The Literary Horizon: How Much for Just the Planet?, Mogworld

I love speculative fiction—a guaranteed way to anger and alienate me is to write off the genre as childish and, to a work, poorly written. But that doesn’t mean I don’t have a sense of humor about my beloved fantasy and science fiction classics; it’s an easy genre to spoof and spoof well. (I direct you to the Mystery Science Theater 3000 episode, “The Quest of the Delta Knights”.) Today, we’re going to be looking at two books on my reading list that skewer the genre.

How Much for Just the Planet? by John M. Ford

Dilithium. In crystalline form, the most valuable mineral in the galaxy. It powers the Federation’s starships…and the Klingon Empire’s battlecruisers. Now on a small, out-of-the-way planet named Direidi, the greatest fortune in dilithium crystals ever seen has been found.

Under the terms of the Organian Peace Treaty, the planet will go to the side best able to develop the planet and its resourses. Each side will contest the prize with the prime of its fleet. For the Federation — Captain James T. Kirk and the Starship Enterprise. For the Klingons — Captain Kaden vestai-Oparai and the Fire Blossom.

Only the Direidians are writing their own script for this contest — script that propels the crew of the Starship Enterprise into their strangest adventure yet!

via Amazon

When J. J. Abrams’s Star Trek came out, the stalwart Star Trek fandom (the very same that invented slash, by the way; I love my Trekkie foremothers) experienced a population boom. While some old-timers weren’t that happy, most of them were loving and, most importantly, happy to guide the newbies through one of the most time-consuming fandoms known to man. Among that advice? Read this book—it’s hilarious. (Just check out Kirk in a tuxedo on that deliriously eighties cover!)

J. Richard Laredo, writing for the Orion Press, describes it as a “madcap, screwball comedy“, but notes Ford’s science fiction slapstick isn’t up to par with, say, Douglas Adams. Conan Tigard at Reading Review found it hilarious, although he notes that Kirk is a little out-of-character and he wishes that the song lyrics had footnotes denoting the tune.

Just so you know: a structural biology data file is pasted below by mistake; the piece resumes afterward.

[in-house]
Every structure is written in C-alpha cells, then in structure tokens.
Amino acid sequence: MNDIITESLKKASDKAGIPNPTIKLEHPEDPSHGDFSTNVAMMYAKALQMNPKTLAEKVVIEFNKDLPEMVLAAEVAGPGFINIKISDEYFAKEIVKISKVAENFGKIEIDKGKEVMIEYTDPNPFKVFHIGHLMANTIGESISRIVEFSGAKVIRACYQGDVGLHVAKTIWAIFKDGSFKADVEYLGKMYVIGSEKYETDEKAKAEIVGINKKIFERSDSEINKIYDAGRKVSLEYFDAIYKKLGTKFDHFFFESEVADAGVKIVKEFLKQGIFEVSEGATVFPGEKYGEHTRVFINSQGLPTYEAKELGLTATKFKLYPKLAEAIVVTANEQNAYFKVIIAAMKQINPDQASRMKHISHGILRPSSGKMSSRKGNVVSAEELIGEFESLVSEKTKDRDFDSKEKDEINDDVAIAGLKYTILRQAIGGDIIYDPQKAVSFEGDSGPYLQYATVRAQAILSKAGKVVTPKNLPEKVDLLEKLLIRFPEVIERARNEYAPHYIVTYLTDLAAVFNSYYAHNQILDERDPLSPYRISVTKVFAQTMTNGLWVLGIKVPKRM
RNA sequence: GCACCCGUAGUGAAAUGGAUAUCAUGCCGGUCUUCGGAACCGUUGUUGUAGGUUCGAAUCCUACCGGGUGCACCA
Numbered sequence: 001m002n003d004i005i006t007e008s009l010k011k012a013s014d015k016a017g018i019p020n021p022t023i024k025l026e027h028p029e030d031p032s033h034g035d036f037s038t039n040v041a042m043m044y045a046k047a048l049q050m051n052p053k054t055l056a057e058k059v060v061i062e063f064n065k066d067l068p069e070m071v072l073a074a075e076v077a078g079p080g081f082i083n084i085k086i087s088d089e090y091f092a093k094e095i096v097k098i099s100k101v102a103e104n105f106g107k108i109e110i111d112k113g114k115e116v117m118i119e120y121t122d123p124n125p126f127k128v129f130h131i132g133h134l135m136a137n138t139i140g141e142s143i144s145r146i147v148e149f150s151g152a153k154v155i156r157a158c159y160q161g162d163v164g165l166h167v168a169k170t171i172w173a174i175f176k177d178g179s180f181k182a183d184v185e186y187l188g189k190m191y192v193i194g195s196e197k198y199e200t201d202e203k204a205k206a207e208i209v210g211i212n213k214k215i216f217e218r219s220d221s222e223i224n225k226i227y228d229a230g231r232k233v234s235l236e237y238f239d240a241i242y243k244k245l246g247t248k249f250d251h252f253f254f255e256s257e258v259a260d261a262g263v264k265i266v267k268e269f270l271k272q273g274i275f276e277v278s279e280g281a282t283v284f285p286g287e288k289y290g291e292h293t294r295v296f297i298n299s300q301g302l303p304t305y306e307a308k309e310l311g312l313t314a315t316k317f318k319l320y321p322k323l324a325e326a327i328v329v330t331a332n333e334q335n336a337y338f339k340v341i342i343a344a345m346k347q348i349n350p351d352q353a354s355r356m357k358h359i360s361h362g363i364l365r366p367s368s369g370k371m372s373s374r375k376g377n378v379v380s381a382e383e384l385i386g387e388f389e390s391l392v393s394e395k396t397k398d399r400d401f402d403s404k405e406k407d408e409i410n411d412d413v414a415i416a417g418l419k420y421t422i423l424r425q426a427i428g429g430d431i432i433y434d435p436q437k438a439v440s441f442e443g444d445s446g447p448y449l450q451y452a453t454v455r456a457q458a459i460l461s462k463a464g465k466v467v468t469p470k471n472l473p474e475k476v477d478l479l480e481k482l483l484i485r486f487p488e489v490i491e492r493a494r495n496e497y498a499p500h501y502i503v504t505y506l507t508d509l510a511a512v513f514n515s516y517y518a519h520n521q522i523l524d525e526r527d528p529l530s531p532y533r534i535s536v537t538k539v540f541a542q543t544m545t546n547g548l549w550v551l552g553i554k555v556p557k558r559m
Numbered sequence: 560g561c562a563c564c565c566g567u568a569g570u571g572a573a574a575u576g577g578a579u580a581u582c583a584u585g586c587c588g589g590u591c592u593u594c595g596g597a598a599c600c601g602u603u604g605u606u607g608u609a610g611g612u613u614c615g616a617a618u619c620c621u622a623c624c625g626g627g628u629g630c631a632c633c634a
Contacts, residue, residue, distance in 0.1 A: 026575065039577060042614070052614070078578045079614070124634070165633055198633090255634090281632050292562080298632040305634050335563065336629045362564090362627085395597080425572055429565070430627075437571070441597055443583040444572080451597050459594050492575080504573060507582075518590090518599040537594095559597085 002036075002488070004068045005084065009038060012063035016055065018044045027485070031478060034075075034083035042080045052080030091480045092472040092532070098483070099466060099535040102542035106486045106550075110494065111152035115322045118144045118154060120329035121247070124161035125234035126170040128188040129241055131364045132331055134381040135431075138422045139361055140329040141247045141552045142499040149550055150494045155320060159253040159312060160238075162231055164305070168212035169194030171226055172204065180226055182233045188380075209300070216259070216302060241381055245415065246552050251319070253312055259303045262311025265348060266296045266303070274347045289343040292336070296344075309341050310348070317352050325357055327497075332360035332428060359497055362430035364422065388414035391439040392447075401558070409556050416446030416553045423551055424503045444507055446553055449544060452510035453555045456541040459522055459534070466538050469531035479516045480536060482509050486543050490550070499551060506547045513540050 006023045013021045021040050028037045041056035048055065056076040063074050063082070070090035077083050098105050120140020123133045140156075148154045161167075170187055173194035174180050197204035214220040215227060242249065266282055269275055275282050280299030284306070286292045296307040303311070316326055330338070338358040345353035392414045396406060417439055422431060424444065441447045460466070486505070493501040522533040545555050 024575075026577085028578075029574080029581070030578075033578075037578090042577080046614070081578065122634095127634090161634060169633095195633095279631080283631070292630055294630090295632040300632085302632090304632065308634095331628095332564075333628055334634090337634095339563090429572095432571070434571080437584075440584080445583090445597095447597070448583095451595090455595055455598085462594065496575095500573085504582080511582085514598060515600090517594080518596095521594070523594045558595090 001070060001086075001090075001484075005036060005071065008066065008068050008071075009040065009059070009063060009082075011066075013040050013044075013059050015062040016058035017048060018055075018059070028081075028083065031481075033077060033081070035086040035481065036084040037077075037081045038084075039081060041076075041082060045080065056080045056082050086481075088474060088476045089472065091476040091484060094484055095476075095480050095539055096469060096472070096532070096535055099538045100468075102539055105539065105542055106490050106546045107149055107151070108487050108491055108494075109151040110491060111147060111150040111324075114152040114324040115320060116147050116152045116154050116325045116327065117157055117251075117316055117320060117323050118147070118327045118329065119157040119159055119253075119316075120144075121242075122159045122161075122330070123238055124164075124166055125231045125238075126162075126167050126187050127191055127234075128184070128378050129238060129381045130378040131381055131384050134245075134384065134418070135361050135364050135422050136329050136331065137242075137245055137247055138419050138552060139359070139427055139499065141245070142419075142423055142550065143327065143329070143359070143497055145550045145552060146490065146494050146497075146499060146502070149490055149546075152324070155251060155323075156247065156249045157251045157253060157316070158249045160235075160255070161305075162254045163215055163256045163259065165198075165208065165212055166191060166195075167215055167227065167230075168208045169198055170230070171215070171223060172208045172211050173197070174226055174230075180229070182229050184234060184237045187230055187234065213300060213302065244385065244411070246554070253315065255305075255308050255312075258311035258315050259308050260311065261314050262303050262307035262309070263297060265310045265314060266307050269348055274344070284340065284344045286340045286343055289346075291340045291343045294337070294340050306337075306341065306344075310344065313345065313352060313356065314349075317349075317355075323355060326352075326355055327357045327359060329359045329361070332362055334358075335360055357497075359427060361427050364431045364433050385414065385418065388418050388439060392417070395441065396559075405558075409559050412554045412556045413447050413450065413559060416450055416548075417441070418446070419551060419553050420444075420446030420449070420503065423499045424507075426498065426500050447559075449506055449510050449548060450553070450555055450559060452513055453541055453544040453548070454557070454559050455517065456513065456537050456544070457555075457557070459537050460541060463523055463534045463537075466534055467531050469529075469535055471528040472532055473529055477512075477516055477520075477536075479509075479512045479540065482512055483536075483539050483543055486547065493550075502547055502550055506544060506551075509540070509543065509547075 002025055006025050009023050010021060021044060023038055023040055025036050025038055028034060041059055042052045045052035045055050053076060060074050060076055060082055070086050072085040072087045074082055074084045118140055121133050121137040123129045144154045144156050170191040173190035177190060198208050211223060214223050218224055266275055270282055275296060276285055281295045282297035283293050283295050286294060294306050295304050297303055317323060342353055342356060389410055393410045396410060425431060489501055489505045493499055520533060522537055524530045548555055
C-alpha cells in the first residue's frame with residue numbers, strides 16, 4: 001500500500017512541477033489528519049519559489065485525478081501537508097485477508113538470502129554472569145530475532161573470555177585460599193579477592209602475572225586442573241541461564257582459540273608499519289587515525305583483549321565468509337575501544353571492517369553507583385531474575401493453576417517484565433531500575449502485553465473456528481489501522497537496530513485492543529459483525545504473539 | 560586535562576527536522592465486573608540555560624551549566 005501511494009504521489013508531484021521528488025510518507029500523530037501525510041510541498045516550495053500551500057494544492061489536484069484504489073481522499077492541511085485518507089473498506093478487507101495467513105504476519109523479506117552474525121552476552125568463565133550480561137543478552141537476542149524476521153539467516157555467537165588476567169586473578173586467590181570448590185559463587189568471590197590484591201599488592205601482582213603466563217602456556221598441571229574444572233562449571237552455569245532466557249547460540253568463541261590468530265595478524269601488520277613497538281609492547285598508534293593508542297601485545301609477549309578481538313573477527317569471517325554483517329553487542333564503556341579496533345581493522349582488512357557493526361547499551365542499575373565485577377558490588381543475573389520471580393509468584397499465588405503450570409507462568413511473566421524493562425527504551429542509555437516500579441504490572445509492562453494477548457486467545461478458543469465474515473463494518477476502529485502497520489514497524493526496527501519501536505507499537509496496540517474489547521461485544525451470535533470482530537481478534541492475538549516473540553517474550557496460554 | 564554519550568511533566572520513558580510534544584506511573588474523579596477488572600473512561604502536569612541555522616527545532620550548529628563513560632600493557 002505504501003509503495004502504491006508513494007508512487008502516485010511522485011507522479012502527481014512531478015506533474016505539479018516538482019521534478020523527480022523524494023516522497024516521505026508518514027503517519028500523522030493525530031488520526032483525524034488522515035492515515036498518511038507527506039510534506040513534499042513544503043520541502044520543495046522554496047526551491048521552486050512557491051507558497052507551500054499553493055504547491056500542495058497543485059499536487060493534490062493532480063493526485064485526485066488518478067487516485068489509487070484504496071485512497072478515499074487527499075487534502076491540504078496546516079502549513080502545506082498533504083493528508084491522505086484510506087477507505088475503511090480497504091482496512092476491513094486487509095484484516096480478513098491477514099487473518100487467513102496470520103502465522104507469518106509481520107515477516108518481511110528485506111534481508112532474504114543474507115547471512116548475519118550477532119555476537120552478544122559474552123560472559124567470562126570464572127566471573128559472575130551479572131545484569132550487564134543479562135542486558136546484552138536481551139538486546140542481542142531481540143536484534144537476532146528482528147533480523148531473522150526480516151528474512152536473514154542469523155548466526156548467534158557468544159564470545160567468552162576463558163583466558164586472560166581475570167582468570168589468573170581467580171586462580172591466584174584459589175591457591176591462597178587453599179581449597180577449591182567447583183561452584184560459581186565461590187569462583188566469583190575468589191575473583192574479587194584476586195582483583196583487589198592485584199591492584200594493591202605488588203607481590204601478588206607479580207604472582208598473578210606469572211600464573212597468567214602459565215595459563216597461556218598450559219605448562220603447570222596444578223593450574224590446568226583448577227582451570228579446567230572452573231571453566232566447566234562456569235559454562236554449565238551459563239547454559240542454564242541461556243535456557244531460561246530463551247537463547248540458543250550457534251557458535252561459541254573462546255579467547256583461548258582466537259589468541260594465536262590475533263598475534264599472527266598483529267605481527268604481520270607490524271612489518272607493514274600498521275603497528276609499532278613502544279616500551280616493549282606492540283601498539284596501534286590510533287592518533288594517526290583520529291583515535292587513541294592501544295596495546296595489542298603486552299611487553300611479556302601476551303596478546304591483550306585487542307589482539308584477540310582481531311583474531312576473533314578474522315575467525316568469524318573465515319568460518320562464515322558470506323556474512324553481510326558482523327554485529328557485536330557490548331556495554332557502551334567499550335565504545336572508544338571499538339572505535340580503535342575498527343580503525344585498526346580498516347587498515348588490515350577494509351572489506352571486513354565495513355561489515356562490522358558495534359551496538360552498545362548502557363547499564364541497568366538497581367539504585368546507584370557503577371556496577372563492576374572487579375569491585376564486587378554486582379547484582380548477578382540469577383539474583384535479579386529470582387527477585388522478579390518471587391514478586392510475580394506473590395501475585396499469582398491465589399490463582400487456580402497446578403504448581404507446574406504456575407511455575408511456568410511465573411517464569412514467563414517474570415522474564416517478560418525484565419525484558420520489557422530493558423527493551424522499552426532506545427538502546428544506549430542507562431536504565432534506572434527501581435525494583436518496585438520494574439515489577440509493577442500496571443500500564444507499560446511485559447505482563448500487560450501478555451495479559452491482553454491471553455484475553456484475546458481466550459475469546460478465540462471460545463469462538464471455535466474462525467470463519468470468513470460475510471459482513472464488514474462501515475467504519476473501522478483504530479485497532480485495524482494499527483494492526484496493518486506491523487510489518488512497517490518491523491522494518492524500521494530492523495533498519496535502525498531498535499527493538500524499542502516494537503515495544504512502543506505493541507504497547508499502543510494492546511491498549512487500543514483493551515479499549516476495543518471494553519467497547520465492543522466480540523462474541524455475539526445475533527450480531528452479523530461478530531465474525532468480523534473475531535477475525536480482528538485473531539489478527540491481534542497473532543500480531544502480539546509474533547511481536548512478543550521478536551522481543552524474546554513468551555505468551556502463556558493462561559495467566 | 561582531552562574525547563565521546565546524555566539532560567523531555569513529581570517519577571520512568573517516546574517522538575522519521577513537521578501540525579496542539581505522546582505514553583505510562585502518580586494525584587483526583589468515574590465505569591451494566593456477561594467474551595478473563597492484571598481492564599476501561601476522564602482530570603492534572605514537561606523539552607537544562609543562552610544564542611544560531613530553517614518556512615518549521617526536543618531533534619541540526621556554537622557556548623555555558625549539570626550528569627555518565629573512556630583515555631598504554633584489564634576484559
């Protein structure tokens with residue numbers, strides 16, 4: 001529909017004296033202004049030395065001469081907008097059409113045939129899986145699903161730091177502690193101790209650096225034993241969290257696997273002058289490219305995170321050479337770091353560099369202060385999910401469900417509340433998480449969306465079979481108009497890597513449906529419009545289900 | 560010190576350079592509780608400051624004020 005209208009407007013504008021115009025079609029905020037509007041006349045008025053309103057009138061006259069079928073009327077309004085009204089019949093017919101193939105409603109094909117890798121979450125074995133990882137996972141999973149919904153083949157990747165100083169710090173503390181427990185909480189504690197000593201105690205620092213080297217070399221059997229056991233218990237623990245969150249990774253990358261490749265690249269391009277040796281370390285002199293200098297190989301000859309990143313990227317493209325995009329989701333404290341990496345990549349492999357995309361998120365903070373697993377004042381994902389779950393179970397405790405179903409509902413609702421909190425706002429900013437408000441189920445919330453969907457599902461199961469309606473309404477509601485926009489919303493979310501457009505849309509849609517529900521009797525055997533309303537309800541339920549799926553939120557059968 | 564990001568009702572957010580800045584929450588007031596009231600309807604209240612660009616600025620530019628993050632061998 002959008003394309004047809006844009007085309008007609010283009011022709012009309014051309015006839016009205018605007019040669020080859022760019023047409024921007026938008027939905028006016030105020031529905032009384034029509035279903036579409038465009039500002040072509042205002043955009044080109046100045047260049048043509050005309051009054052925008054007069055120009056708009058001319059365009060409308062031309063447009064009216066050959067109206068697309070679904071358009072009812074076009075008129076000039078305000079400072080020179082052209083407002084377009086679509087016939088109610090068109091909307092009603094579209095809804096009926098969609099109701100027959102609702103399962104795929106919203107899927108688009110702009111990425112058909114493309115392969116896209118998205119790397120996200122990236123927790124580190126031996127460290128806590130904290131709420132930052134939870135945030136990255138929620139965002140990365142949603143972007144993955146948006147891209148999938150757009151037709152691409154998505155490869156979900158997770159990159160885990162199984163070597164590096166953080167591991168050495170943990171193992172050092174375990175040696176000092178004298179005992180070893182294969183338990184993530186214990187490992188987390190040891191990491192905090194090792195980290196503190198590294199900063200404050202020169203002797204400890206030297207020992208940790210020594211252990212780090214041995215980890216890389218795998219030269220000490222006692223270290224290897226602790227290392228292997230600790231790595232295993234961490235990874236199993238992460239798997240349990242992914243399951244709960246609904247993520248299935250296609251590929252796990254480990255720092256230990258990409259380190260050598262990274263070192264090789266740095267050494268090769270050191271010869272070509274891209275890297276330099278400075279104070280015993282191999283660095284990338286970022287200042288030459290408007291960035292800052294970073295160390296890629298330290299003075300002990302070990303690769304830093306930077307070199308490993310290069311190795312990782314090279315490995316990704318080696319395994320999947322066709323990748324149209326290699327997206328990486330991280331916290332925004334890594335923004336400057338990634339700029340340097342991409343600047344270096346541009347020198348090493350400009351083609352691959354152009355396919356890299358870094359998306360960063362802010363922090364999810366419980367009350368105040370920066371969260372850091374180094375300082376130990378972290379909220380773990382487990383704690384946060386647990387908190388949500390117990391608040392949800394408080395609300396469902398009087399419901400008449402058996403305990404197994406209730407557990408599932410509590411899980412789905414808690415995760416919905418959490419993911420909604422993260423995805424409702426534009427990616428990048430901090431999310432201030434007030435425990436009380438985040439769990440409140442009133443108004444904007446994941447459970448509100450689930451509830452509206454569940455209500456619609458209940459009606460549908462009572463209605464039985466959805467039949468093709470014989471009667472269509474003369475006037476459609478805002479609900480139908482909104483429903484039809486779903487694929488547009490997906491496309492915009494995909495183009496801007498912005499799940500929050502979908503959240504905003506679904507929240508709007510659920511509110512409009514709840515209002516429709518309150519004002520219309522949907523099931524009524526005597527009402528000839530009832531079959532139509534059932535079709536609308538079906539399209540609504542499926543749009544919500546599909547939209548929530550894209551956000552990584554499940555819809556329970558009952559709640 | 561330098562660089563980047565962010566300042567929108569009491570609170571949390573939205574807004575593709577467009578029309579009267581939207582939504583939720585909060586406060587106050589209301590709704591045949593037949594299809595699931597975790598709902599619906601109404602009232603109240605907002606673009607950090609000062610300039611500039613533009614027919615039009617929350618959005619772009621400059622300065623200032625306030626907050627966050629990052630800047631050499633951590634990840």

How Much for Just the Planet? was published in October of 1987.

Mogworld by Yahtzee Croshaw

In a world full to bursting with would-be heroes, Jim couldn’t be less interested in saving the day. His fireballs fizzle. He’s awfully grumpy. Plus, he’s been dead for about sixty years. When a renegade necromancer wrenches him from eternal slumber and into a world gone terribly, bizarrely wrong, all Jim wants is to find a way to die properly, once and for all.

On his side, he’s got a few shambling corpses, an inept thief, and a powerful death wish. But he’s up against tough odds: angry mobs of adventurers, a body falling apart at the seams and a team of programmers racing a deadline to hammer out the last few bugs in their AI.

Mogworld is the debut novel from video-game icon Yahtzee Croshaw (Zero Punctuation). Mogworld is a comic fantasy novel in the tradition of Douglas Adams and Terry Pratchett, with a video-game twist: the main character is a minor character in a massively multiplayer online role-playing game.

via Amazon

I know Yahtzee Croshaw from his work for The Escapist, Zero Punctuation, a weekly series that reviews video games in Yahtzee’s own twisted way. It’s shocking, occasionally tasteless, and utterly hilarious—I always look forward to Wednesday afternoons, when a new episode gets released. The visual gags alone are worth the price of admission (which would be free). It’s definitely not for the children in any way, shape, or form, however. I saw Mogworld in bookstores before I put two and two together, and now I can’t wait to get my hands on it—in fact, it’s one of the rare books I would purchase sight unseen. In fact, I have to—neither of my library systems has it.

Graeme at Graeme’s Fantasy Book Review found it funny and enjoyable, but noted the accessibility problem—this is for people who have at least played an MMORPG like World of Warcraft. Chris Greenland, writing for the Tor.com blog, found it hilarious but also found the “twist” (spoiled on the back cover) frustrating, as we have to wait for Jim to discover it.

Mogworld was published on September 14, 2010.

4 thoughts on “The Literary Horizon: How Much for Just the Planet?, Mogworld

  1. I checked How Much for Just the Planet out of the library last fall when we discussed it via Twitter, but even though I renewed it the maximum number of times, I never got to it. I’m still intrigued, though, and am determined to get back to it at some point!

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